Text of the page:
A raster plot (Fig. 3) showing one minute of activity for one representative opponent pair taken from three different age cohorts illustrates some general characteristics of the various behaviors performed by male flesh flies in the experimental arena. Typically, the non-interactive behaviors walking, standing, grooming, and upside-down occupied the vast majority of time during the one-hour encounters in the arena. Individual bouts of these four behaviors were several seconds to several tens of seconds in duration. All other behaviors observed in the arenas were very short in duration, from fractions of a second to several seconds. Transitions from one behavior to another were instantaneous. In the 1-min example from the day 1 age cohort (Fig. 3A), there were no high-intensity aggressive behaviors. Fly 1 exhibited mostly standing and walking behaviors whereas fly 2 performed only standing and grooming. Fly 1 transitioned from walking to approach (toward its opponent, fly 2), then resumed walking. It transitioned again from walking to approach and then from approach to low-intensity aggression. Neither approach nor low-intensity aggression from fly 1 yielded a change in behavior from fly 2. The flies in the day 3 example (Fig. 3B) displayed high-intensity aggressive behavior and showed a higher level of activity than those from the day 1 age cohort. For this example, approach performed by fly 2 was met immediately by a hold from fly 1. It is important to note here that when one fly performed a hold, its opponent was immobilized. This behavior was then followed in quick succession by the following sequence: wrestling (less than one second), holding (performed in this case by fly 2), a longer bout of wrestling (approximately 3 seconds), followed by upside-down in fly 1 and walking in fly 2. Further representing the short-duration characteristics of interactive behaviors in male flesh flies were the interactions shown in the example from the day 6 age cohort (Fig. 3C). At about 6 seconds into the record, fly 1 approached fly 2 which responded by retreating (lasting less than 1 second). Later in the record (beginning at about 27 seconds), fly 1 performed two lunges (each less than 0.5 second in duration), one immediately before and the other immediately after a hold. Just before the second lunge, fly 2 broke away from being immobilized and initiated its retreat (lasting less than one second). The second lunge from fly 1 was successful in targeting fly 2 during its retreat and the two opponents immediately engaged in two short bouts of wrestling, interrupted briefly by both flies being upside-down. Please see Video S1 for an example of the performance of lunge, Video S2 for an example of lunge followed by hold, and Video S3 for an example of hold followed by wrestle.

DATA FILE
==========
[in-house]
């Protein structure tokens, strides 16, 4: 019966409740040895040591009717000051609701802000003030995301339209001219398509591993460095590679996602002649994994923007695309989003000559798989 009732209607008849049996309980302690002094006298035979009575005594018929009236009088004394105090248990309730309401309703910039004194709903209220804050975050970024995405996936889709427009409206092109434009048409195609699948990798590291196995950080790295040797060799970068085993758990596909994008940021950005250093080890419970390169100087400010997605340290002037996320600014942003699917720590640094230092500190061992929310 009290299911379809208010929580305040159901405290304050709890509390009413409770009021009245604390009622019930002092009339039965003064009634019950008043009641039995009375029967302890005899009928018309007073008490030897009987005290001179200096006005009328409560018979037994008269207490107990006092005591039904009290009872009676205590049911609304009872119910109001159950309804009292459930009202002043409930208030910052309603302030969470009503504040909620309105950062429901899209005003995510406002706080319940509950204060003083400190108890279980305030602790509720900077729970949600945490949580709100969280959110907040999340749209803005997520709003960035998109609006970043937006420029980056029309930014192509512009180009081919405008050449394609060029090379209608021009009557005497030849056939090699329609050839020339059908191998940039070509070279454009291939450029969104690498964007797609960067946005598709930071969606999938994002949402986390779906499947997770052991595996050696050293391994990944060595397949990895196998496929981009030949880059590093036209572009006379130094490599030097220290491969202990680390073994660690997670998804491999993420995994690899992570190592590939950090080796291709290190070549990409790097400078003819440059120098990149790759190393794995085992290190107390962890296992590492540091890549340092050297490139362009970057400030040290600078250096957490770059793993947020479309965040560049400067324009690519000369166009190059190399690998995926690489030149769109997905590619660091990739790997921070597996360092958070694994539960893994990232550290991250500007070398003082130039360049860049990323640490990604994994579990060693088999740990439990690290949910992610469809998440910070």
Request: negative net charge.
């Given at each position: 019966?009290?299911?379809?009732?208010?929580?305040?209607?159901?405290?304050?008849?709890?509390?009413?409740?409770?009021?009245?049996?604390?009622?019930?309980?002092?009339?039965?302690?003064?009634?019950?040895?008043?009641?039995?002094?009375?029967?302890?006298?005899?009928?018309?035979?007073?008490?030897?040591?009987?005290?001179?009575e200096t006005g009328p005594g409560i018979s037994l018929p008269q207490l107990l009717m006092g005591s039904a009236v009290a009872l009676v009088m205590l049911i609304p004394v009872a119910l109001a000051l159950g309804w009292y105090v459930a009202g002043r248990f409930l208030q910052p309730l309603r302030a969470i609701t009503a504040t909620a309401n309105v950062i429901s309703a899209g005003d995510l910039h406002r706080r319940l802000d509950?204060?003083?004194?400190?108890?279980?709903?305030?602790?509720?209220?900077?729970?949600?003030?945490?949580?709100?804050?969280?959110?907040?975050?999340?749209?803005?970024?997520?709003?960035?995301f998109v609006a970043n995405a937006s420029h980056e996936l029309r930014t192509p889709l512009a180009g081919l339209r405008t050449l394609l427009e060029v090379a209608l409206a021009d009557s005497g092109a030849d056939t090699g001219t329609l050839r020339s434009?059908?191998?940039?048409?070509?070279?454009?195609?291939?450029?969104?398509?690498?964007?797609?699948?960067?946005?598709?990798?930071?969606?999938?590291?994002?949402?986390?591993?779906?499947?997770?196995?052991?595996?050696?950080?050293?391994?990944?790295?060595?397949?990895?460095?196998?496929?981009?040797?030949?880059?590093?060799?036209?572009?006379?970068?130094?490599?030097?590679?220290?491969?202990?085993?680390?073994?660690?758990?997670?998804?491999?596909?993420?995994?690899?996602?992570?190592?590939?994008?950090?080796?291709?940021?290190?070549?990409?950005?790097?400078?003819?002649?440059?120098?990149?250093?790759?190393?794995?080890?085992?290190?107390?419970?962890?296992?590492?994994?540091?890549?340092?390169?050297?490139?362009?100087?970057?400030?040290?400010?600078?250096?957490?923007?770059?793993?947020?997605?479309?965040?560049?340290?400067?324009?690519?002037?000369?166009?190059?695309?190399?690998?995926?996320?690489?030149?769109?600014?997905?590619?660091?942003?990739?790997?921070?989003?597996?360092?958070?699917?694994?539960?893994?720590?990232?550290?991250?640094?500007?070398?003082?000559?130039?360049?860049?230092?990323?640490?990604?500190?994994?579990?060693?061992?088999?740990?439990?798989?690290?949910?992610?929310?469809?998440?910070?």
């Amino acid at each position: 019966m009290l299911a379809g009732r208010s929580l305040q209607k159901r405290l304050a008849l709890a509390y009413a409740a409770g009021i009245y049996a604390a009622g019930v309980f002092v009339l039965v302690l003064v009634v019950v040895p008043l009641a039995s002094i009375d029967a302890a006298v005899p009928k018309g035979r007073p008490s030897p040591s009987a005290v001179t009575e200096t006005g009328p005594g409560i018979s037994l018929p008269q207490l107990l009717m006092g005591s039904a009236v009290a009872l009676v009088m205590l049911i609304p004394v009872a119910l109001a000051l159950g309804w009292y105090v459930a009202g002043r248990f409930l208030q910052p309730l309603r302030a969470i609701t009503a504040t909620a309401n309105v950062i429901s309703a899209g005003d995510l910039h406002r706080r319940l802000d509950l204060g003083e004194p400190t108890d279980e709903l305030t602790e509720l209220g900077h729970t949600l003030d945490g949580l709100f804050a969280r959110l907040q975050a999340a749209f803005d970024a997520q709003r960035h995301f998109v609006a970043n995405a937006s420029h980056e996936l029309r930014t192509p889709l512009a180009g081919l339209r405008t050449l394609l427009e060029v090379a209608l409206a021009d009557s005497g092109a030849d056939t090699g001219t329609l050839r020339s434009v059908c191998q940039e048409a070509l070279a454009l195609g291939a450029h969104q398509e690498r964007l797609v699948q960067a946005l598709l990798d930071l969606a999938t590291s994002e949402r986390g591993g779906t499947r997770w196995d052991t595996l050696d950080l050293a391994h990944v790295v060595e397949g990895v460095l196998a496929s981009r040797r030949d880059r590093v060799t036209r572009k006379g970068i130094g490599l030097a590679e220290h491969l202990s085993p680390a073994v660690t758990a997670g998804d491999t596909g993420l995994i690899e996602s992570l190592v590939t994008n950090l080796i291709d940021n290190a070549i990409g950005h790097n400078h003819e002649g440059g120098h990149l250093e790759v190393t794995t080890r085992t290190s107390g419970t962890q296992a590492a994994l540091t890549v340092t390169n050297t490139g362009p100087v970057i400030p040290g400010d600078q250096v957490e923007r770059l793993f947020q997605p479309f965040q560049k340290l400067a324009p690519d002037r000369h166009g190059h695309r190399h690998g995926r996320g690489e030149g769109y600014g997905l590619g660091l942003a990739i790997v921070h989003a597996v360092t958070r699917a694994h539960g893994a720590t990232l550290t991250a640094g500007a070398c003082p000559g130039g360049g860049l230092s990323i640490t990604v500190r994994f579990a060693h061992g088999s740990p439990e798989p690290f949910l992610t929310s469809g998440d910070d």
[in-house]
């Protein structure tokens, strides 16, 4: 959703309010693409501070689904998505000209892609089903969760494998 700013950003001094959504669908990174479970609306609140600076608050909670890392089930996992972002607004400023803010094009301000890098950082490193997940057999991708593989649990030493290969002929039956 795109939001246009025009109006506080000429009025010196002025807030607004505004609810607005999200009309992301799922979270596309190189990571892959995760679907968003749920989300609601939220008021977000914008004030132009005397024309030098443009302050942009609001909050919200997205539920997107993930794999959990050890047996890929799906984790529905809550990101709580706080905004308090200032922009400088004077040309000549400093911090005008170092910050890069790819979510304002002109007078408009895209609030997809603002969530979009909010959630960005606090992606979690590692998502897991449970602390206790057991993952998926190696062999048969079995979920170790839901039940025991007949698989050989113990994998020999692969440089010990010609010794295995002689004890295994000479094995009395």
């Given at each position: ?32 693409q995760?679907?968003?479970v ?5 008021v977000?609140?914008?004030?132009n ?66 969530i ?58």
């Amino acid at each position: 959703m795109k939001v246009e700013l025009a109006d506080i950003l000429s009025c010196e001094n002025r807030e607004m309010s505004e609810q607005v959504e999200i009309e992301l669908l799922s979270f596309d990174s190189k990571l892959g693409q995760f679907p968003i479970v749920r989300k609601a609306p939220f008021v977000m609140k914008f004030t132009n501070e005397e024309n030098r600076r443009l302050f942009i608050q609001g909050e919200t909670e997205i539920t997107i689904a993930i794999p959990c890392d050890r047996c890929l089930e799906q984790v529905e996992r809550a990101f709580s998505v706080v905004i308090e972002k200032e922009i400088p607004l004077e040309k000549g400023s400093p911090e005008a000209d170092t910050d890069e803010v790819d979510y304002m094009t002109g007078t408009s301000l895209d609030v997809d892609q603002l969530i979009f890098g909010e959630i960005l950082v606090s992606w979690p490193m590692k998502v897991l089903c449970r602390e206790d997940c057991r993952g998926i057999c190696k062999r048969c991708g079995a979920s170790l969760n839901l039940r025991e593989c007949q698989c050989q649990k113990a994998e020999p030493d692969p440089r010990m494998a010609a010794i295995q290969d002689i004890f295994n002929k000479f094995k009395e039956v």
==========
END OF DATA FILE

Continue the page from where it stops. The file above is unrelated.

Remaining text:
Figure 3. Examples of behavioral sequences and interactions observed in the experimental arena.

Each plot encompasses 1-coded and also labeled (using the abbreviations in Table 1). Pairs of male flesh flies were selected from the day 1 (A), day 3 (B), and day 6 (C) age cohorts.

Ontogeny: Interactive Behaviors

After determining the age of sexual maturity as well as the fact that male flesh flies do indeed fight each other, a primary objective was to determine if the expression of agonistic behaviors develops in concert with sexual maturation.

All of the behaviors described as interactive (see Table 1) occurred as very brief events. For example, bouts of wrestling (Fig. 4A) showed mean durations of only 2–3 seconds for all age cohorts while hold (Fig. 4B) exhibited a significant increase in duration from a mean of about 2.0 seconds in the day 1 age cohort to about 8.2 seconds in the day 6 cohort. Because of the very brief durations of these behaviors, they are reported here as occurrences/hour/individual. Most of the interactive behaviors showed a significant change in frequency with age. The behaviors associated with high intensity aggression (lunge, hold, and wrestle) all showed a significant, progressive increase in occurrence as the flies aged from day 1 to day 6 (Fig. 5A–C); in fact, relative to day 1 levels, the frequencies of occurrence of these behaviors were significantly higher by day 4 for lunging and holding and by day 3 for wrestling. Low intensity aggression, on the other hand, showed a progressive, though not statistically significant, decrease in occurrence (Fig. 5D). Two of the four interactive/non-aggressive behaviors changed significantly with age. As might be expected in parallel with the age-related increase in aggressive behaviors, avoid showed a significant decrease with age (Fig. 5E) whereas retreat exhibited a significant increase (Fig. 5F). Neither turn toward (Fig. 5G) nor approach (Fig. 5H) displayed any significant variation with age. Please see Video S4 for an example of the performance of approach and avoid and Video S5 for an example of approach and retreat.

Figure 4. Bout durations of two high-intensity aggressive behaviors by age.

(A) Wrestling. (B) Hold. Vertical bars indicate means ± s.e.m. Different letters above the bars indicate significant differences.